Coming to the Aid of Little Warriors: PCL and the Playground
When health authorities deemed the playground at the Little Warriors Be Brave Ranch east of Sherwood Park, Alberta—the first specialized, intensive treatment centre in Canada for children and adolescents who have been sexually abused—unsafe, Little Warriors CEO Laurie Szymanski was at a loss.
Because of an ant infestation in its original location, the playground had to be moved, and the alternative location—which had a grass play surface—was considered by Alberta Health Services (AHS) to be unsuitable. With an out-of-reach price tag of at least $300,000 to fix the playground, Szymanski watched as the play area was wrapped in red danger tape.
The children relying on the ranch to help them overcome trauma couldn’t get near the playground, let alone play in it.
Trauma treatment without play
The statistics for childhood sexual abuse in Canada are grim: one in three girls and one in six boys are sexually abused.
The Little Warriors Be Brave Ranch—the only one of its kind in Canada—is a safe haven for many of these children, providing healing and support for over 100 kids a year from across the country.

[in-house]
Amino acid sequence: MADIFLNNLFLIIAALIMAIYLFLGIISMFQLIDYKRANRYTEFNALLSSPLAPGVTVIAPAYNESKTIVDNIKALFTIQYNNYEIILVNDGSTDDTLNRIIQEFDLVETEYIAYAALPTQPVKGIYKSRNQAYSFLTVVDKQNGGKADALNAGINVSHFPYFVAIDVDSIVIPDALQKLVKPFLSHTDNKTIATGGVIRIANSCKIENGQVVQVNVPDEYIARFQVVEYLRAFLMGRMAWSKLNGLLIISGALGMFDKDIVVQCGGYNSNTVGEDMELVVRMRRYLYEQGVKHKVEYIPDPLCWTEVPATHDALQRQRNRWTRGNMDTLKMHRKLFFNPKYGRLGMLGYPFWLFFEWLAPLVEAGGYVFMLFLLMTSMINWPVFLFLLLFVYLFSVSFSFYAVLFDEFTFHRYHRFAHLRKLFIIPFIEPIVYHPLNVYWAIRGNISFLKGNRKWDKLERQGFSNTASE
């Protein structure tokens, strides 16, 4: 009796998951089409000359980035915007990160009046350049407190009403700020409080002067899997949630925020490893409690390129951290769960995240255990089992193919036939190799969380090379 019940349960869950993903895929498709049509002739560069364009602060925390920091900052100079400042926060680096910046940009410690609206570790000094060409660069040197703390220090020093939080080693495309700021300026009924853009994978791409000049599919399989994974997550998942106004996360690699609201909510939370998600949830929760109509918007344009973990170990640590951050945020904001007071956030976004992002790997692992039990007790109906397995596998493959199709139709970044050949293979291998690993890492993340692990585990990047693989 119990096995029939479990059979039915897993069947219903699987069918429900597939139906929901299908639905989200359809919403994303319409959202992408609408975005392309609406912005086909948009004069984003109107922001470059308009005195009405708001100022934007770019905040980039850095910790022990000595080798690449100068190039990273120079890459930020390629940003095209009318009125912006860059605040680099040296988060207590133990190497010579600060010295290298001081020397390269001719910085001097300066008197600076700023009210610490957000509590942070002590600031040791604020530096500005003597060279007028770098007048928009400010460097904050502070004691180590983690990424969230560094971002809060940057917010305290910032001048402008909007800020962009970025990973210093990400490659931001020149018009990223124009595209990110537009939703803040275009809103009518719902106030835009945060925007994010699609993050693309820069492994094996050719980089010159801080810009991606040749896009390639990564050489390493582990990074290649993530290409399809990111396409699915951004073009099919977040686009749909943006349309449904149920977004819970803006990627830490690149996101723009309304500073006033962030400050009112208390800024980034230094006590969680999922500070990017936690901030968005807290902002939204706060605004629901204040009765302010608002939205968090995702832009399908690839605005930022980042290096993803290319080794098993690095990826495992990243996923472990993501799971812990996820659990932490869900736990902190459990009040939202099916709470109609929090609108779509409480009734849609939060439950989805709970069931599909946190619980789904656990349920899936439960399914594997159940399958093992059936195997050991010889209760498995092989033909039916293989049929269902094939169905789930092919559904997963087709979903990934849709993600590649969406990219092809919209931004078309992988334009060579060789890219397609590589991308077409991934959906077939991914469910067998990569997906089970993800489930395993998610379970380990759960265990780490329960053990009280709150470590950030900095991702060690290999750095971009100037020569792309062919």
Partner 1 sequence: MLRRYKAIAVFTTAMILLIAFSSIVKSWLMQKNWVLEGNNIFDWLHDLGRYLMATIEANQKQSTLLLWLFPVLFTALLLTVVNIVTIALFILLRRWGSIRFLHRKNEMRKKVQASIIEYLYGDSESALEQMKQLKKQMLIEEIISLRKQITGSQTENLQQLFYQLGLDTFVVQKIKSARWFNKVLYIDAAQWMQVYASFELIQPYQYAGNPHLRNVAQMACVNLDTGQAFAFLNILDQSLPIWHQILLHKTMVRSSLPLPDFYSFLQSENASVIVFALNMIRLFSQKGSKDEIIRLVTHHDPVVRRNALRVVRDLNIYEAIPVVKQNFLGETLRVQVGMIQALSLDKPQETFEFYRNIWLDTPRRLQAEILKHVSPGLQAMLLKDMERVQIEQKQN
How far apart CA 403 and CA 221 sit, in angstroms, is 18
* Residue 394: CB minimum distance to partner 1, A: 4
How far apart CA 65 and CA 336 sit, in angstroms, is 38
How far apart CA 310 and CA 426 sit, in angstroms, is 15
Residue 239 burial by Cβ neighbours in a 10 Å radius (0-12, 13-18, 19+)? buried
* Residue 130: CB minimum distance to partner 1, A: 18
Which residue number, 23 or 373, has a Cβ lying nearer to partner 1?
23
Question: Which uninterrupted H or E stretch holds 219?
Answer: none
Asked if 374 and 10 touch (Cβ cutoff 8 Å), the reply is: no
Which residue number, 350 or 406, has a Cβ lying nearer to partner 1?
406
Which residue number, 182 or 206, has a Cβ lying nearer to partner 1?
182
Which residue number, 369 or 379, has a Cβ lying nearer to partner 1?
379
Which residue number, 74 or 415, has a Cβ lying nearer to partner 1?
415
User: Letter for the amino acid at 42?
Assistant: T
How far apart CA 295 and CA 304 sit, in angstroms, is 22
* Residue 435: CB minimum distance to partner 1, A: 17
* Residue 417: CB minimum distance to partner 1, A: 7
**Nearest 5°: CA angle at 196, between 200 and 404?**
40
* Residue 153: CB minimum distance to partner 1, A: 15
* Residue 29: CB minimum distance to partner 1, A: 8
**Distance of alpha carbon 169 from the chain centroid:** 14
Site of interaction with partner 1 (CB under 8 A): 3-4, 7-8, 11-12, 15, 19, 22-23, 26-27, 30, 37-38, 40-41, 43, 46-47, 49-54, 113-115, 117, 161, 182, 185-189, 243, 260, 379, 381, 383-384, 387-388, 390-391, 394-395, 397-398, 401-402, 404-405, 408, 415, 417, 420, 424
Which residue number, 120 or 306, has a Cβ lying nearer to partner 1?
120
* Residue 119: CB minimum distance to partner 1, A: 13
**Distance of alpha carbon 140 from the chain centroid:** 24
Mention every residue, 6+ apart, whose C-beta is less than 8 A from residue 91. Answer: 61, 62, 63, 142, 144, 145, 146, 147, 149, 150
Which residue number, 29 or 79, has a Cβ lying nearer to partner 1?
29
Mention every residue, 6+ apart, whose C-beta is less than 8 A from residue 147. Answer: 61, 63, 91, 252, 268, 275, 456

The treatment program at the ranch is one year long, with the initial visit lasting between two weeks and a month. After the first onsite visit, the child returns home for three months, and then heads back to the ranch for another two weeks. A child in the treatment program will visit the ranch four times over the course of the year and receive more than 200 hours of multimodal therapy.
“We have an amazing treatment program, using all the latest evidence-based research models, and the playground provides another place for therapy to continue but also a place for kids to be kids,” states Szymanski. “At the end of the day, the kids need a place to just unwind and relax.”
PCL answers the call for help
With the playground shut down and no way for the charity to foot the repair bill, Szymanski had no choice but to ask for help. A playground was simply too essential for the ranch to go without.
“The lodge and the treatment program are the brains of the organization, but the playground is the heart—and our heart was missing.”
Little Warriors pleaded its case to Albertans—and the call was answered by PCL Construction.
“We are always looking at ways where we can help where we live,” says Kevin Burghardt, P.Eng., senior project manager at PCL. “Little Warriors is a unique organization and they spend all of their money on the kids. When issues like this come up—where they have a playground that couldn’t be used—we didn’t hesitate to rally our trades and put the effort in with our own forces and get this thing built for them.”
Bringing the playground to life
Burghardt and his team started with a 3D scan of the playground equipment—understanding how it was put together would make rebuilding it easier later on. The scan also enabled the team to manipulate the equipment within the 3D environment to optimize the layout of the playground.